But we must also guard against going to the other extreme of adding things that aren't there. You say it's understood in your community that the women should defer to the men and ask them to pray. But this isn't commanded in the Bible. Scripture is clear that women are not to teach men in church. But nowhere does it say that women are not to pray in the presence of men, whether in the sanctuary or in a home or any other setting (see 1 Corinthians 11:5, 13, 15; Acts 2:17; 21:8-9).

In Wayne Grudem's Systematic Theology, he writes:

It seems…pointless to ask, 'Who can pray more effectively, men or women?' or, 'Who can sing praise to God better, men or women?' or, 'Who will have more spiritual sensitivity and depth of relationship with God?' To all of these questions, we simply cannot give an answer. Men and women are equal in their ability to receive the new covenant empowerment of the Holy Spirit. There have been both great men and great women of God throughout the history of the church. Both men and women have been mighty warriors in prayer, prevailing over earthily powers and kingdoms and spiritual strongholds in the authority of our Lord Jesus Christ (458).

One of the hazards of going beyond what Scripture says, adding assignments it doesn't give and prohibitions it does not impose, is that it makes it easier for those who oppose God's Word to caricature us as overzealous and uninformed or ignorant. We must be faithful to the text in both directions — striving to do no more than it requires and no less.

With so much confusion about biblical masculinity and femininity, how can we know what to do? We must believe God's Word. To do that we must first read it, daily, recognizing that it's as important to our life as is physical bread and water. Jesus said, "'Man shall not live by bread alone, but by every word that comes from the mouth of God'" (Matthew 4:4, ESV).

But don't stop there. To begin to understand what we're reading, we must study it. If we are to "rightly handle the word of truth" (2 Timothy 2:15) we must be like the Bereans who, when they heard the Gospel proclaimed by Paul and Silas, "received the word with all eagerness, examining the Scriptures daily to see if these things were so" (Acts 17:11). They didn't merely trust the famed preachers, the ones speaking convincingly at the temple; they compared what they heard to what the Scriptures actually said.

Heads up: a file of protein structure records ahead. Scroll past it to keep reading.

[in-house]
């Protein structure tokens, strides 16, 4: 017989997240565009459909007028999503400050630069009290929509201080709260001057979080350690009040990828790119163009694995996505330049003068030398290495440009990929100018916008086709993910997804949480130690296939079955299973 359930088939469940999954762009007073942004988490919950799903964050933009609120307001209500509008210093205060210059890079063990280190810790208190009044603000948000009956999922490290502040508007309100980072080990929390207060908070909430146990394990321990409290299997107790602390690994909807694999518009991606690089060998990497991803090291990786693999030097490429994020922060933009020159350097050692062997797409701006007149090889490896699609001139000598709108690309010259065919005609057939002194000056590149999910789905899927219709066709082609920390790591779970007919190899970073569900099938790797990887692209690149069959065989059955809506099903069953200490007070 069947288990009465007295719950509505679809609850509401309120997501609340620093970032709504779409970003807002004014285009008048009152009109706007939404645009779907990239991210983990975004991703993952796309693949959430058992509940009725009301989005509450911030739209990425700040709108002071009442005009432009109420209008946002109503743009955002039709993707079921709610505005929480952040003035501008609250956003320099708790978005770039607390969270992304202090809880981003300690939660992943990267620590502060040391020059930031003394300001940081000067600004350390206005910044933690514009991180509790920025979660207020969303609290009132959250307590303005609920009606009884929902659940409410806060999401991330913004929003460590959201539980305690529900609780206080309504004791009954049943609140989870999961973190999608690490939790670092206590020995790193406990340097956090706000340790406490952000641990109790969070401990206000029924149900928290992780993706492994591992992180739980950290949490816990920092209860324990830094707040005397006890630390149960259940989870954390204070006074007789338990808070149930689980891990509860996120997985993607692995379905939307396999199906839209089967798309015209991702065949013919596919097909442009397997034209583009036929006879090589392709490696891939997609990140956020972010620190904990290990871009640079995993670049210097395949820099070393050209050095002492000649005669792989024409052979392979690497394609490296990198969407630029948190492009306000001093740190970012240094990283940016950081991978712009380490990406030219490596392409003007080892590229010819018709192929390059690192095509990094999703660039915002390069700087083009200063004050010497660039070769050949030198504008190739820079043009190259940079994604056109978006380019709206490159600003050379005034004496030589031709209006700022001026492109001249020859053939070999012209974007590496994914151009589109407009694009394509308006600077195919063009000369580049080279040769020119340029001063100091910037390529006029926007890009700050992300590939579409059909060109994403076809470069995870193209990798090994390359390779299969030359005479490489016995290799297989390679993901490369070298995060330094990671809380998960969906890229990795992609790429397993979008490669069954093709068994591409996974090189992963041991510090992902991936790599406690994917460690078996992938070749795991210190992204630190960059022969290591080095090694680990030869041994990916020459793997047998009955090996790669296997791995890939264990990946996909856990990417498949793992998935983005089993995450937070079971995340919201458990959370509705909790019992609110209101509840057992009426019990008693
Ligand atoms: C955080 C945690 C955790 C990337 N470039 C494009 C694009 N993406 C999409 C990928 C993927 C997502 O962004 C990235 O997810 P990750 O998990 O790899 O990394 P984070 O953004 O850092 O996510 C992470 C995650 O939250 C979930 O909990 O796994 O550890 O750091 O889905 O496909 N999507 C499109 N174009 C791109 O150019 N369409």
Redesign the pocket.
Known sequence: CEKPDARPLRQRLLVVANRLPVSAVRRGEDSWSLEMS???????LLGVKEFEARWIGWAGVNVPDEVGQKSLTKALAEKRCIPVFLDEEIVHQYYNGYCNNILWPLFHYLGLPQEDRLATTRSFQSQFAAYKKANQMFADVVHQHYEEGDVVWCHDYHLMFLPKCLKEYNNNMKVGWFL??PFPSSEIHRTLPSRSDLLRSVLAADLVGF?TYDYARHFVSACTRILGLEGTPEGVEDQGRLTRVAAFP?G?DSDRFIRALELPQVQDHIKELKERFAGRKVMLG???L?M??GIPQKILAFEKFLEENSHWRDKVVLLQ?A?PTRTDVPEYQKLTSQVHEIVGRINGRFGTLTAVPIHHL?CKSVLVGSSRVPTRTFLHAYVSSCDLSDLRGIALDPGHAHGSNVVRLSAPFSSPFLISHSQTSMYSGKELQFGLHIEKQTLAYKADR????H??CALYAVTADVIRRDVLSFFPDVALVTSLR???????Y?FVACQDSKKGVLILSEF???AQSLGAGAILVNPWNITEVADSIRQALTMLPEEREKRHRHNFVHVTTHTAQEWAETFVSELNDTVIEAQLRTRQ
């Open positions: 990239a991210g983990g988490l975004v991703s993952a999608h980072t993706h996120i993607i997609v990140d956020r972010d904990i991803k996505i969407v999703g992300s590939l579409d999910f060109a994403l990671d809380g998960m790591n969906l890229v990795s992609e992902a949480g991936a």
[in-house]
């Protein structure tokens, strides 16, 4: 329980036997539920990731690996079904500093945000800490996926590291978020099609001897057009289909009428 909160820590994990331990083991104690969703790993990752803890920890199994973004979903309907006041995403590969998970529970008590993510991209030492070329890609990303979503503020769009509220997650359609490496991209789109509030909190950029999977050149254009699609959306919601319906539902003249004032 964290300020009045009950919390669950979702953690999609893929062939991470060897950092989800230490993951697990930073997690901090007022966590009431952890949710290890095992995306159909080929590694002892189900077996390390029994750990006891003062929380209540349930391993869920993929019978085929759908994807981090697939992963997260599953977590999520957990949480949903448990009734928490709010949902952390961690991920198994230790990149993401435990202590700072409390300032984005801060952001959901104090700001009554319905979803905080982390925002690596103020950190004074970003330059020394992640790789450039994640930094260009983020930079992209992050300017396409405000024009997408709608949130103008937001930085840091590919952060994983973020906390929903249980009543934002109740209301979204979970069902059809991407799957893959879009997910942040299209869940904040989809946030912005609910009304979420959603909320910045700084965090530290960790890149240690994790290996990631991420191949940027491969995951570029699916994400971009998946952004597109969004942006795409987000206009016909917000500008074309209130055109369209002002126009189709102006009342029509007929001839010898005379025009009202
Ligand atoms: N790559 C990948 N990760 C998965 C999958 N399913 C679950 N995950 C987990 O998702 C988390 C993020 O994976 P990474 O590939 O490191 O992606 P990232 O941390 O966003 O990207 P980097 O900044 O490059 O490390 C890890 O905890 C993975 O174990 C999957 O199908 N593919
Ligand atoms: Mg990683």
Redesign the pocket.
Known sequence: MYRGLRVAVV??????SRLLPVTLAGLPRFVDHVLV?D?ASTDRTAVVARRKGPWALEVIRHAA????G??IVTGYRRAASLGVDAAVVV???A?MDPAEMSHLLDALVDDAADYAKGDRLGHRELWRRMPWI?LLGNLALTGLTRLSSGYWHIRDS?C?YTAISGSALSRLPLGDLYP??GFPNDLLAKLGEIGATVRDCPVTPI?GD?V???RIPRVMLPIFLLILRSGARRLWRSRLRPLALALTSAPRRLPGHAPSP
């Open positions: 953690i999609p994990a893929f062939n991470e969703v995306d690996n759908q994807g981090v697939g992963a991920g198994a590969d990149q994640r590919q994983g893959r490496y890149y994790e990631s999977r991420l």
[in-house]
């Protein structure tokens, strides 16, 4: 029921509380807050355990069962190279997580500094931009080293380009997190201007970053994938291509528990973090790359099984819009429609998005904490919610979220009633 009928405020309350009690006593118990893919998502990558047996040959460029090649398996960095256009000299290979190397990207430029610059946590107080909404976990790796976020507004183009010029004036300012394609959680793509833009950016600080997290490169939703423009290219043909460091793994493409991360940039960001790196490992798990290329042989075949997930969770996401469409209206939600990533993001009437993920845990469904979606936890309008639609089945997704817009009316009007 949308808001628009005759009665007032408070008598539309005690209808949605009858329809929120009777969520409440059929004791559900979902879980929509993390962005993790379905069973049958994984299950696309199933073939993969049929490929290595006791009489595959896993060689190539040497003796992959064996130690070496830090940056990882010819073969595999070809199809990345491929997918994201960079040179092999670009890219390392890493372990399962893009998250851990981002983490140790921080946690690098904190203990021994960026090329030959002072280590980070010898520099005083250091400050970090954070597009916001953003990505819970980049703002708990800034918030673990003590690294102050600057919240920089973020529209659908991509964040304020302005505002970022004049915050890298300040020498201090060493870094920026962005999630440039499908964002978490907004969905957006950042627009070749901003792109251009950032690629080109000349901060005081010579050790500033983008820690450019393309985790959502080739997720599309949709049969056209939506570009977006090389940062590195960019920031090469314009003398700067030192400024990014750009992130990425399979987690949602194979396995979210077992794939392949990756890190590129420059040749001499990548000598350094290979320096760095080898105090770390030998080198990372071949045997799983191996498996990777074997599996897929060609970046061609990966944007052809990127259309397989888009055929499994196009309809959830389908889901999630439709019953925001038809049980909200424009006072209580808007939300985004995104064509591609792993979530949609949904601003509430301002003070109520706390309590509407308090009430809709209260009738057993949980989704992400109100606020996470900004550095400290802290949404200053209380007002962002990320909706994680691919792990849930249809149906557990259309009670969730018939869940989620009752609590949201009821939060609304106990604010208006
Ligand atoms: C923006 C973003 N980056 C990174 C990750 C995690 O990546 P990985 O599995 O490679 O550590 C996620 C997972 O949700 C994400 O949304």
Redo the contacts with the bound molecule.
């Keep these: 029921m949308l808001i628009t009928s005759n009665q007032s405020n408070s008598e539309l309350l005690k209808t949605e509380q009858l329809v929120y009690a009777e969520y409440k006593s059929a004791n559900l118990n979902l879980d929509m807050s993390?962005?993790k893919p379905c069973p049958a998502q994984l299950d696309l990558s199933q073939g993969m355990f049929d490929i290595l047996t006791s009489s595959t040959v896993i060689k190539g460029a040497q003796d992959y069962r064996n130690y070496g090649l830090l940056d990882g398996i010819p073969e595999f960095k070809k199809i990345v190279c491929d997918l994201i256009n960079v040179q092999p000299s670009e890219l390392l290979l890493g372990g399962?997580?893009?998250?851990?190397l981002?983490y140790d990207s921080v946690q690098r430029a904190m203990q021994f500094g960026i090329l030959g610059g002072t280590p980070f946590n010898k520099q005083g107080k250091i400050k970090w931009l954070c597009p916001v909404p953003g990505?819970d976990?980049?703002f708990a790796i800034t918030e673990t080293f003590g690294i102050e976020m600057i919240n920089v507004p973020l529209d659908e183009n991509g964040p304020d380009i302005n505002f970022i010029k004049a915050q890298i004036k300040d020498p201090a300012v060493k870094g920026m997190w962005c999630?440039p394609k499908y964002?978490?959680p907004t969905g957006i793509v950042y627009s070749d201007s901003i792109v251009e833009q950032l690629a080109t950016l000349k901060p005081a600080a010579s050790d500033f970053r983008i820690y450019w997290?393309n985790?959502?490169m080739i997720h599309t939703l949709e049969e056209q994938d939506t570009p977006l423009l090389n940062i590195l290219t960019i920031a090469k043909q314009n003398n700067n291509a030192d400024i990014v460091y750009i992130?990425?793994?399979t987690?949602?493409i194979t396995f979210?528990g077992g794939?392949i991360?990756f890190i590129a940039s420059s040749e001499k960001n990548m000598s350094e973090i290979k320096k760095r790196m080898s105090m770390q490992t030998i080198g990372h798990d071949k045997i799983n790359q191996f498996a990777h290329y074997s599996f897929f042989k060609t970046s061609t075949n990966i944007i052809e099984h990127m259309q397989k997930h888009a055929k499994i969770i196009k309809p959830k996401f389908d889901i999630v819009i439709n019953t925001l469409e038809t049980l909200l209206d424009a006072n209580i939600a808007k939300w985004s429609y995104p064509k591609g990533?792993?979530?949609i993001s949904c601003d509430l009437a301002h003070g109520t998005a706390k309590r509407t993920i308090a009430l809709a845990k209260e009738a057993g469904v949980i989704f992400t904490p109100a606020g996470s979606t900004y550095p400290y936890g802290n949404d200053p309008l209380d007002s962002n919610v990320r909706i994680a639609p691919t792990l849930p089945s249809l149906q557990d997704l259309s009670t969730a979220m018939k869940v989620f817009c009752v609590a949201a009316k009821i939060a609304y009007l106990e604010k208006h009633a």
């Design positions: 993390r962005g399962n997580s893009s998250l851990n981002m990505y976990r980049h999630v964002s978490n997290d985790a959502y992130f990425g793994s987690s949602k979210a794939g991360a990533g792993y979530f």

This requires time, effort, work. But it's well worth studying the whole Bible, for "all Scripture is breathed out by God and profitable for teaching, for reproof, for correction, and for training in righteousness, that the man of God may be complete, equipped for every good work" (2 Timothy 3:16-17).

Listen to just a portion of the longest Psalm. In it David praises God for the gift of His law:

Teach me, O Lord, the way of your statutes;
and I will keep it to the end.
Give me understanding, that I may keep your law
and observe it with my whole heart.
Lead me in the path of your commandments,
for I delight in it.
Incline my heart to your testimonies,
and not to selfish gain!
Turn my eyes from looking at worthless things;
and give me life in your ways.
Confirm to your servant your promise,
that you may be feared.
Turn away the reproach that I dread,
for your rules are good.
Behold, I long for your precepts;
in your righteousness give me life! (Psalm 119:33-40)

I pray that your desire to know what to do in this situation will motivate you to study the Bible for yourself, to love it the way King David did. May it not be said of us as it was of the religious leaders of Jesus' day, "You are wrong, because you know neither the Scriptures nor the power of God" (Matthew 22:29).

As you read, pray and ask God to give you wisdom. He has promised that He will.

Sincerely,
CANDICE WATTERS

Copyright 2012 Candice Watters. All right reserved.

If you have a question you'd like us to consider for this column, please send it to editor@boundless.org. Please note that all questions we select for this column may be edited for clarity and privacy and become the property of Focus on the Family.